Offering accurate and consistent sex education in schools is essential. However, American students don't all get the same sex education experience, especially compared to other parts of the world.
Providing students with sex education resources can increase their overall health and help prevent unintended pregnancies and the spread of sexually transmitted infections (STIs). Let's take a deeper dive into the state of sex education in American schools.
How does the U.S teach sex education?
The United States doesn't have one method of educating its students. State policies can vary widely, and many of these policies are up to the discretion of school districts. This can understandably result in a mismatch of practices.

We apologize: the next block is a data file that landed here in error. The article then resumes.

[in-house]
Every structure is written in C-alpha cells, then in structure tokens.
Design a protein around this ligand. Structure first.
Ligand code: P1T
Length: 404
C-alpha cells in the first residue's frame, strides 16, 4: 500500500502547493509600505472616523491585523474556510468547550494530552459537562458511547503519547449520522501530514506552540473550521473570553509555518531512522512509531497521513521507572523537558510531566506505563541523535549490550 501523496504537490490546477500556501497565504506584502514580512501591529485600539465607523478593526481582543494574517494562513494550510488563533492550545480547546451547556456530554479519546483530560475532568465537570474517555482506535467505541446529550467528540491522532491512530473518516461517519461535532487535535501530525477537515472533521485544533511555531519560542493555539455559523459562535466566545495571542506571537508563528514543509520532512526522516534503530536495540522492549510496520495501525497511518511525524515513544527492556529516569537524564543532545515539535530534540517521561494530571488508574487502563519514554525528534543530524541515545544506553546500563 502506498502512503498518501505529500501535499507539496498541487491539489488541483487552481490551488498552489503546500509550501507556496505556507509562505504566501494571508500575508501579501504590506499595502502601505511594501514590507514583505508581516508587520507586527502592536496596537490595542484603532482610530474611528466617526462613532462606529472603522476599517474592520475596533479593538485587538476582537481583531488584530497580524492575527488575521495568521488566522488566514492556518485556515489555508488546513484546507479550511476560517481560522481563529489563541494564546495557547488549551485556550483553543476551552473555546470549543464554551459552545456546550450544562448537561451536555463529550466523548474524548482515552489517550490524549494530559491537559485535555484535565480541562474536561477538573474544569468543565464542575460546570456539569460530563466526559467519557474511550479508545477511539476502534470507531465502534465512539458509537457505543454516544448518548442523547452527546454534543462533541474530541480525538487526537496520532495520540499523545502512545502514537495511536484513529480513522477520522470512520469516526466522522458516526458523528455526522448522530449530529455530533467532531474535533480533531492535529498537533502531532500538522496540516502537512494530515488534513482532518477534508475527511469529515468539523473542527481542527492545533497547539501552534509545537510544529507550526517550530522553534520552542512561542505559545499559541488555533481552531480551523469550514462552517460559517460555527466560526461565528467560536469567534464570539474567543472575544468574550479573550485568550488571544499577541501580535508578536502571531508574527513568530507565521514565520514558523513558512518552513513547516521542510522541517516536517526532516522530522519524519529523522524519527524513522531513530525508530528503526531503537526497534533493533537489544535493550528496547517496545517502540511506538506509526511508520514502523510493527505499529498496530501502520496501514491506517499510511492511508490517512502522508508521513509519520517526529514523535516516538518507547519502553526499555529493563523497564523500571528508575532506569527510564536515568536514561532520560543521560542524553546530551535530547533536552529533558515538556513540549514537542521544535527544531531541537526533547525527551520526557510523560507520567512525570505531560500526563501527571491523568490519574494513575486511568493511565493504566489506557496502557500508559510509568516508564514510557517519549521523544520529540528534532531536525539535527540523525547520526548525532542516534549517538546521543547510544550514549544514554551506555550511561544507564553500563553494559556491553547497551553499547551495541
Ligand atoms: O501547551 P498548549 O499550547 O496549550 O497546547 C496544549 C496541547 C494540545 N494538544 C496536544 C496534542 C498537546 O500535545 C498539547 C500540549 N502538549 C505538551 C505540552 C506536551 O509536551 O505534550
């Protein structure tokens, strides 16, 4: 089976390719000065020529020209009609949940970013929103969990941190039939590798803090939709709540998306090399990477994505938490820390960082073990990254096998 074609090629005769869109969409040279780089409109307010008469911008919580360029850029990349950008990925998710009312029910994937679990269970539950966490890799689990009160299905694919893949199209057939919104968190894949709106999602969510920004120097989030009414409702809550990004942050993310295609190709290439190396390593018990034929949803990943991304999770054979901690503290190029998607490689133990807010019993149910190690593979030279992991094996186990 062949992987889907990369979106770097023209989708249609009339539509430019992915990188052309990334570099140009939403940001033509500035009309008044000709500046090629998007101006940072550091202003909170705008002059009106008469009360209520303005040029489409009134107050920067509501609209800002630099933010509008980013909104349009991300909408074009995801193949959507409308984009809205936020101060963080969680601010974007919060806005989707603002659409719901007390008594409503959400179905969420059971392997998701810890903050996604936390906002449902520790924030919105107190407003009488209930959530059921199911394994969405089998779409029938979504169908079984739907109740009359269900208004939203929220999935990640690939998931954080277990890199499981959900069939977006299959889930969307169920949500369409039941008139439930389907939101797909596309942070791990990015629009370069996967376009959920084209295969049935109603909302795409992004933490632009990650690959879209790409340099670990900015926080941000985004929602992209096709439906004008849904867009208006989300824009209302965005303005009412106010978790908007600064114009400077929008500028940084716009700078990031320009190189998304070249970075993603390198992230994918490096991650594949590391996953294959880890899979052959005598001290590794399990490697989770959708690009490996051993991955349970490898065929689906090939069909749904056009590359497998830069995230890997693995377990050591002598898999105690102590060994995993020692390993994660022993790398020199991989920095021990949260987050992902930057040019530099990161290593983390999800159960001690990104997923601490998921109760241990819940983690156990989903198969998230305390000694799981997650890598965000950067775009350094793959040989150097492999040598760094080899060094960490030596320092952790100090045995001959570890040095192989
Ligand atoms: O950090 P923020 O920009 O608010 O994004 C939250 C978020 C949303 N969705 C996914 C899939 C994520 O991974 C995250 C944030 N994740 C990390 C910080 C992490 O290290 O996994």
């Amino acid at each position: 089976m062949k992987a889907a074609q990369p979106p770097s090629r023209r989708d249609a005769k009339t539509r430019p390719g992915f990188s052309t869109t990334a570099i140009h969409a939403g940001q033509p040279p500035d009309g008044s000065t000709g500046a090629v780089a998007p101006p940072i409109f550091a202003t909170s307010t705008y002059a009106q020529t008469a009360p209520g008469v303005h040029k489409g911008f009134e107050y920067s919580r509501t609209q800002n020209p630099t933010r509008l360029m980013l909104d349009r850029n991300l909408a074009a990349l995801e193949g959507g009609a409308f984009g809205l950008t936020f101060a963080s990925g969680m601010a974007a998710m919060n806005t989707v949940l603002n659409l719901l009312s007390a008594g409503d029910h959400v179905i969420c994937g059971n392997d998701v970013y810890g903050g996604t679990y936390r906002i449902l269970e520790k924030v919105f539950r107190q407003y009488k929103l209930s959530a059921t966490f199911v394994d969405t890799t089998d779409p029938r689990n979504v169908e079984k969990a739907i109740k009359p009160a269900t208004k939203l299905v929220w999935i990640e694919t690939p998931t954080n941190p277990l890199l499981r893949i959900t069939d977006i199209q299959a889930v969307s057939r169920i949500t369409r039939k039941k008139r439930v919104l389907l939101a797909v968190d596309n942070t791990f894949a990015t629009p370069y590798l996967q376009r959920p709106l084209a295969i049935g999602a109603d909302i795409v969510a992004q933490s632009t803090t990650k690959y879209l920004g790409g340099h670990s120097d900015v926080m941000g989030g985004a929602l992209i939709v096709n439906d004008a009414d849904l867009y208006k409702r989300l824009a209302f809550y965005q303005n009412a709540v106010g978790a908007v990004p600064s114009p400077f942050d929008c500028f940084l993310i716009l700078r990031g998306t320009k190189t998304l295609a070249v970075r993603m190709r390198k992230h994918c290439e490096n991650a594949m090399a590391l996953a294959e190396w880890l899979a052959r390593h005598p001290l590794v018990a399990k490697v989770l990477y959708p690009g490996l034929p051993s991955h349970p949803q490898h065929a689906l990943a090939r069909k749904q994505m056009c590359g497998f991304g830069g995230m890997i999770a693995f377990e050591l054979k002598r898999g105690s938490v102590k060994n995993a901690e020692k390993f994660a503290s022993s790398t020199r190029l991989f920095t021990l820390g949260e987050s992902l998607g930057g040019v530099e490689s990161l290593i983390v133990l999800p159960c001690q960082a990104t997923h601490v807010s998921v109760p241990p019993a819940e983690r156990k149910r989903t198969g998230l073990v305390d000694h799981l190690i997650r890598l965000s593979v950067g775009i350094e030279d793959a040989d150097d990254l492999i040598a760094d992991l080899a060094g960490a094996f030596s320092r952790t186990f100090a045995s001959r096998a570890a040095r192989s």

For the last several decades, much of the sex education in public schools has been abstinence-focused. But, these programs don't give information on birth control use except for failure rates. According to a study in Current Opinion in Obstetrics & Gynecology, they don't provide scientifically accurate information. Sex-ed isn't even a requirement in some states at all.
According to Planned Parenthood, the federal government has spent over two billion dollars on abstinence-only-until-marriage sex education programs. These programs have rebranded as sexual risk avoidance (SRA) programs. And research shows they don't work.
Despite that, the Trump administration cut over $200 million in federal funds for programs for teen pregnancy prevention. And according to the CDC, almost 46% of sexually active high school students didn't use a condom the last time they had sex.
How effective is sex education in America?